Friday, 4 May 2018

takeaway

We rather enjoyed considering the etiquette, etymology and superstitions attached to leftovers and the convention of the doggie bag and had to wonder if the term was really falling out of common-parlance—the “this is for my pet” cover story having been dispensed with a while ago and restaurants in many places glad to pack up the remainders of one’s meal (though as correctly pointed out, not all cultures are accommodating to this notion).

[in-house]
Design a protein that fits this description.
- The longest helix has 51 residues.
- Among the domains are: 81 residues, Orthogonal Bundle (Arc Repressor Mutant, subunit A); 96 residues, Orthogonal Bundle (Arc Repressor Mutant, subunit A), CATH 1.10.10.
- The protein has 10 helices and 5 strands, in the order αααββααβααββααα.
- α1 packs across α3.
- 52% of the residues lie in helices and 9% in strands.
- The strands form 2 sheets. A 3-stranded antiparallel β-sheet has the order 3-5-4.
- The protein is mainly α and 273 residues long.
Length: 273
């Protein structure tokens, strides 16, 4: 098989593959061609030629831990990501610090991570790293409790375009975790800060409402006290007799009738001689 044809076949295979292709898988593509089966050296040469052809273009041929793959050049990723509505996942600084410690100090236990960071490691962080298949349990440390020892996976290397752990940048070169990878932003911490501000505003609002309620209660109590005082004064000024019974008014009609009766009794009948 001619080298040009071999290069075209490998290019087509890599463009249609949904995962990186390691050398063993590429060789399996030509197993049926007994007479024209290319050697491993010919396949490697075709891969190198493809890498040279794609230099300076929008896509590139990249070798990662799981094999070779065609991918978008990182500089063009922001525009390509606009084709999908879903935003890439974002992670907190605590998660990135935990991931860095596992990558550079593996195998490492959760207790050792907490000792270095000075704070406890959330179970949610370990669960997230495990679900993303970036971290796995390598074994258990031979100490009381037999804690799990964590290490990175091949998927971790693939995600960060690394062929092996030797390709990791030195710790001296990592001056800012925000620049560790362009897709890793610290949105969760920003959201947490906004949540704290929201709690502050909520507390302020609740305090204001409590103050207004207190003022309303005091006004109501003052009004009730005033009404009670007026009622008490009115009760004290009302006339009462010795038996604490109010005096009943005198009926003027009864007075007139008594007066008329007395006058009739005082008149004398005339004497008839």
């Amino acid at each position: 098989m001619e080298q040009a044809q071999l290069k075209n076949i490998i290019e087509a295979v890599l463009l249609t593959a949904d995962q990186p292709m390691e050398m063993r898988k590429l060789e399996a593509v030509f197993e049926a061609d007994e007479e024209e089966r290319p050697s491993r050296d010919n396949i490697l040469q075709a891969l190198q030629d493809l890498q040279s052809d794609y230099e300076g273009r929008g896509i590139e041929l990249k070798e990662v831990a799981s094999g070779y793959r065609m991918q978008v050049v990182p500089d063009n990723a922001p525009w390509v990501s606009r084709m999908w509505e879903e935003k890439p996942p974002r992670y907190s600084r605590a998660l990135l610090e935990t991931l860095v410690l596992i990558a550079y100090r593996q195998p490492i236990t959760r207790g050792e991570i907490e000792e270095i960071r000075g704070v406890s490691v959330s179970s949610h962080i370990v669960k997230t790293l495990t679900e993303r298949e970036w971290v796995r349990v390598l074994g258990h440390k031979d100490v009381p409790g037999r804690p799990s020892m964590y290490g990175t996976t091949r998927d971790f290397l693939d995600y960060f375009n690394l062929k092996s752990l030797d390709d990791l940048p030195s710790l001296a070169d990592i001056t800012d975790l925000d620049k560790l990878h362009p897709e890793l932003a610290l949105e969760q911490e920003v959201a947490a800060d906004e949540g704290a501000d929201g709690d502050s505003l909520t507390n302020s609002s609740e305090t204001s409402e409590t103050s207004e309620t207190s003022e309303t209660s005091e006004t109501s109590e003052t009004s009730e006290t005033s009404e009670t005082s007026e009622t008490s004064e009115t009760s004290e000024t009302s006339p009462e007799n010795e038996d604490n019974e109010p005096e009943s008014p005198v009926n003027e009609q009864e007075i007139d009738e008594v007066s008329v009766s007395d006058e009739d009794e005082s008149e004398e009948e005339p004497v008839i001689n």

We couldn’t determine the prevalence of this vernacular phrase exactly, which some suspect might be a corruption of docky (lunch) bag from an old East Anglican word but we’re siding with the canines and hope it has not already fallen out of fashion, but did to our unending delight run into another inscrutable pet name in that a traditional English breakfast, constituted of leftovers from the night before—usually boiled potatoes (though after a special meal, sometimes meat) and fried cabbage, is called “bubble and squeak.” The expression is a bit of onomatopœia, referring to the sounds preparing the food side-by-side makes and first appears in print oddly in dramatist Thomas Bridges 1762 A Travesty of Homer, a parody of The Illiad: “We therefore cooked him up a dish of lean bull-beef, with cabbage fry’d, …Bubble, they call this dish, and squeak.”